OpenSSL requires a few things as well to get going. First you will need perl which you can get from here.

In the OpenSSL directory you will see many INSTALL.XXX text files.  The one I am following is INSTALL.W32. I am also using Visual Studio for compiling. Here is a copy of their instructions for compiling OpenSSL under Win32.

OpenSLL Visual C++ Instructions

If you want to compile in the assembly language routines with Visual
C++, then you will need the Netwide Assembler binary,
nasmw.exe or nasm.exe, to be available on your %PATH%.


Firstly you should run Configure with platform VC-WIN32:


> perl Configure VC-WIN32 --prefix=c:\some\openssl\dir


Where the prefix argument specifies where OpenSSL will be installed to.


Next you need to build the Makefiles and optionally the assembly
language files:


- If you are using NASM then run:


  > ms\do_nasm


- If you don't want to use the assembly language files at all then run:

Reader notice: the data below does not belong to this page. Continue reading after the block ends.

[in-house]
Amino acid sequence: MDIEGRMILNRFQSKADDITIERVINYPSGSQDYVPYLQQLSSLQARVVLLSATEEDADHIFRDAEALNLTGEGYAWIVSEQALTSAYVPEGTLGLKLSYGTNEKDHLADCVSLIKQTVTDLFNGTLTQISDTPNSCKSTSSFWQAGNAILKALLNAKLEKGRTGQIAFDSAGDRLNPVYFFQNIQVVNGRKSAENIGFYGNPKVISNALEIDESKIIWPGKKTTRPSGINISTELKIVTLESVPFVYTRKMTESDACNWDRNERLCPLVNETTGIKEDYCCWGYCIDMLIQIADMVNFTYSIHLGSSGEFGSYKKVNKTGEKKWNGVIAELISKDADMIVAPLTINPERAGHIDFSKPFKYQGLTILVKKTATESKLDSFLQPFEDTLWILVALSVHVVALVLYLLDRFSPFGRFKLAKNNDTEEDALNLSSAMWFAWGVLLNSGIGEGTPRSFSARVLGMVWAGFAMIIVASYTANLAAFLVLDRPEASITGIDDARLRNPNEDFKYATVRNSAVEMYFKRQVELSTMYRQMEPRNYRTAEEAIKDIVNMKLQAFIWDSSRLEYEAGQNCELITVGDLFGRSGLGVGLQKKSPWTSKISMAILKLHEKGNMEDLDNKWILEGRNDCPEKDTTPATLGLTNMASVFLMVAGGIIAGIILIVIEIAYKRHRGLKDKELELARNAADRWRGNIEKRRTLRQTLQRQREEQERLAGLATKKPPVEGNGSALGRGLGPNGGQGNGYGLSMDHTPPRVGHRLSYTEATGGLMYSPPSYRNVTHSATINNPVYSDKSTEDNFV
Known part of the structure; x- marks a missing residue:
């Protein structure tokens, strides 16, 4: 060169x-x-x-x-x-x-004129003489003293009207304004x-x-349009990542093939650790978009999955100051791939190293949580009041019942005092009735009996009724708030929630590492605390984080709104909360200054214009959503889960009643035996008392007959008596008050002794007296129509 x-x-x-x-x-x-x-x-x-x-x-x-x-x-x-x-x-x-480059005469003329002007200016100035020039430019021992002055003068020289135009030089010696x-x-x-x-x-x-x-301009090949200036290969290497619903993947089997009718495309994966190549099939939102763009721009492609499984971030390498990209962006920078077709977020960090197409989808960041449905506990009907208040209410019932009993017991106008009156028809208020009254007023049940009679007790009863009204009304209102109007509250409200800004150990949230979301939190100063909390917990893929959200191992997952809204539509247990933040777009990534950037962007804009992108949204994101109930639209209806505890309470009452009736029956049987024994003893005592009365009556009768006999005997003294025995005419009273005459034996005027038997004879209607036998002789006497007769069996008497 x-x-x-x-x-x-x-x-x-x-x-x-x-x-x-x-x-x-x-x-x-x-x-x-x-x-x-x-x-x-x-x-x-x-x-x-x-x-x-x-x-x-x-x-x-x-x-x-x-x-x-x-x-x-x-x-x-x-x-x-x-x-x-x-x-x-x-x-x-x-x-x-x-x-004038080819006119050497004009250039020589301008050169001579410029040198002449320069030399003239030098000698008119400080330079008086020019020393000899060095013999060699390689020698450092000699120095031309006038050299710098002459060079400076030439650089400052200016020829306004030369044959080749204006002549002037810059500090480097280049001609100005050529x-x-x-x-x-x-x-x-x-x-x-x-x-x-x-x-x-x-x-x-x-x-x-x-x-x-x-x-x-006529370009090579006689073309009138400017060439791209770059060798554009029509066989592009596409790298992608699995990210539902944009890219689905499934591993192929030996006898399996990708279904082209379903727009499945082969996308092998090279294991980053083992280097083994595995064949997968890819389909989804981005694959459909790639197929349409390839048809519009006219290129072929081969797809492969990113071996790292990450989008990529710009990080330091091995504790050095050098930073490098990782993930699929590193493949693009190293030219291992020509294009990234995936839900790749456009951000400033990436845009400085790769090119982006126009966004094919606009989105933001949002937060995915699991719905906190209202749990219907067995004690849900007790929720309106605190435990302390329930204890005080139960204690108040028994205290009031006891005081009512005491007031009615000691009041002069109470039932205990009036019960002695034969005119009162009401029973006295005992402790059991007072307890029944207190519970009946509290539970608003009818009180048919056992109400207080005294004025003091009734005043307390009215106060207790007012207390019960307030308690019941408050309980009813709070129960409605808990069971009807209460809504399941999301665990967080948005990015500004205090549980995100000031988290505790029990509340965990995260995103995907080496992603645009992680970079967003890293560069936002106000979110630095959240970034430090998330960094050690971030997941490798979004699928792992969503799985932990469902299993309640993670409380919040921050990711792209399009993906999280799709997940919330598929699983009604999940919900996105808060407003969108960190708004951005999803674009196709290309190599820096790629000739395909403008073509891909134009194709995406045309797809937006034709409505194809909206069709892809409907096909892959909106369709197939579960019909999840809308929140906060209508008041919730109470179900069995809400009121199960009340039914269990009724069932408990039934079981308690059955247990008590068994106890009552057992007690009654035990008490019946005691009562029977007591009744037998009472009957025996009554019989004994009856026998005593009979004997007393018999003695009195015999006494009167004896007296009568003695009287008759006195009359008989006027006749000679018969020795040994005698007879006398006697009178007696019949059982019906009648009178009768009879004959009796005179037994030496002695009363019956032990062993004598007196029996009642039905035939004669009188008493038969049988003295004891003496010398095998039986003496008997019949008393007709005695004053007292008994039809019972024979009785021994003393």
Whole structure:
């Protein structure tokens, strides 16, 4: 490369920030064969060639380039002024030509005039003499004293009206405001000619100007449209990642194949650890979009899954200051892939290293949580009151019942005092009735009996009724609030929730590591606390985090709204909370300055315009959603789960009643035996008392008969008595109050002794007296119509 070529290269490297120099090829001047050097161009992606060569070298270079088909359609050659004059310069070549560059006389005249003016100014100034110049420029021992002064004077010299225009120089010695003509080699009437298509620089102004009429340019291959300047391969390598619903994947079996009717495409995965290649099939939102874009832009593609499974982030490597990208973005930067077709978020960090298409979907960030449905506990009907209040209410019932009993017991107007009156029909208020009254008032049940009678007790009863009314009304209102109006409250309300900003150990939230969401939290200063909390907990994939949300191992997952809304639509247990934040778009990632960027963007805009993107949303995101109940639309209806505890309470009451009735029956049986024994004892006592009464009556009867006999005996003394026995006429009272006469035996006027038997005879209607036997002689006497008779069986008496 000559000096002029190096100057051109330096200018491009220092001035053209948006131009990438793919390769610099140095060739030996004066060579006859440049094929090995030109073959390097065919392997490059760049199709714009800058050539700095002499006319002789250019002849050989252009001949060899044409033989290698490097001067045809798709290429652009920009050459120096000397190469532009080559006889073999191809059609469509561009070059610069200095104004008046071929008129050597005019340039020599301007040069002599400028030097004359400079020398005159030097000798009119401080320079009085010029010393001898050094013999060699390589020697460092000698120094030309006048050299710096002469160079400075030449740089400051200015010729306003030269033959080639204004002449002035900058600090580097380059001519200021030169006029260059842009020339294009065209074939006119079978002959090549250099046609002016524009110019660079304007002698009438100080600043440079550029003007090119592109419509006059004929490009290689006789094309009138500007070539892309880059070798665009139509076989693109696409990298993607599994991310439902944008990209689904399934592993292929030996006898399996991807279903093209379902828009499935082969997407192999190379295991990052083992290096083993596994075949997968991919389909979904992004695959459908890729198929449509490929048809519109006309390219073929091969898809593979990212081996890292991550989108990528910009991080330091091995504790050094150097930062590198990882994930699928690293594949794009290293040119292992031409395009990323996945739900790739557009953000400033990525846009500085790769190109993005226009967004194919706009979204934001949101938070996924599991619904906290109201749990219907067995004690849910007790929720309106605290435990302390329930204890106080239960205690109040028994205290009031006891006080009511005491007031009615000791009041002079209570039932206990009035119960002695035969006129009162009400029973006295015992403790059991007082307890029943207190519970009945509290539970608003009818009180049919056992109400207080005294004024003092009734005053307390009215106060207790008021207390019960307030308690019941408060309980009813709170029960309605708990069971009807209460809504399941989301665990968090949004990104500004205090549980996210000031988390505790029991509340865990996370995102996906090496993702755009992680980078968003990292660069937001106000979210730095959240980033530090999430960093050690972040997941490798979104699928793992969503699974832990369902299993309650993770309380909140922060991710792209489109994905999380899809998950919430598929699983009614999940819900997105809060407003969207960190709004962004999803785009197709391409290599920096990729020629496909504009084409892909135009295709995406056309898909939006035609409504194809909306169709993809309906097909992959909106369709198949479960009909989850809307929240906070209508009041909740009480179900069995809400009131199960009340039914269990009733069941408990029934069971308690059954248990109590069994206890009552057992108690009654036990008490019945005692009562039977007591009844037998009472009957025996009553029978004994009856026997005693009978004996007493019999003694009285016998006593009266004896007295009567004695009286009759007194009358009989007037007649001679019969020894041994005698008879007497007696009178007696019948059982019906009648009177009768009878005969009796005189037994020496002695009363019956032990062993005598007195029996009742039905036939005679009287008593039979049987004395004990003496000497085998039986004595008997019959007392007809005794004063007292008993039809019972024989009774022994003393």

> perl Configure VC-WIN32 no-asm --prefix=c:/some/openssl/dir
  > ms\do_ms


If you get errors about things not having numbers assigned then check the
troubleshooting section: you probably won't be able to compile it as it
stands.


Then from the VC++ environment at a prompt do:


> nmake -f ms\ntdll.mak


If all is well it should compile and you will have some DLLs and
executables in out32dll. If you want to try the tests then do:
> nmake -f ms\ntdll.mak test


To install OpenSSL to the specified location do:


> nmake -f ms\ntdll.mak install


Tweaks:


There are various changes you can make to the Win32 compile
environment. By default the library is not compiled with debugging
symbols. If you use the platform debug-VC-WIN32 instead of VC-WIN32
then debugging symbols will be compiled in.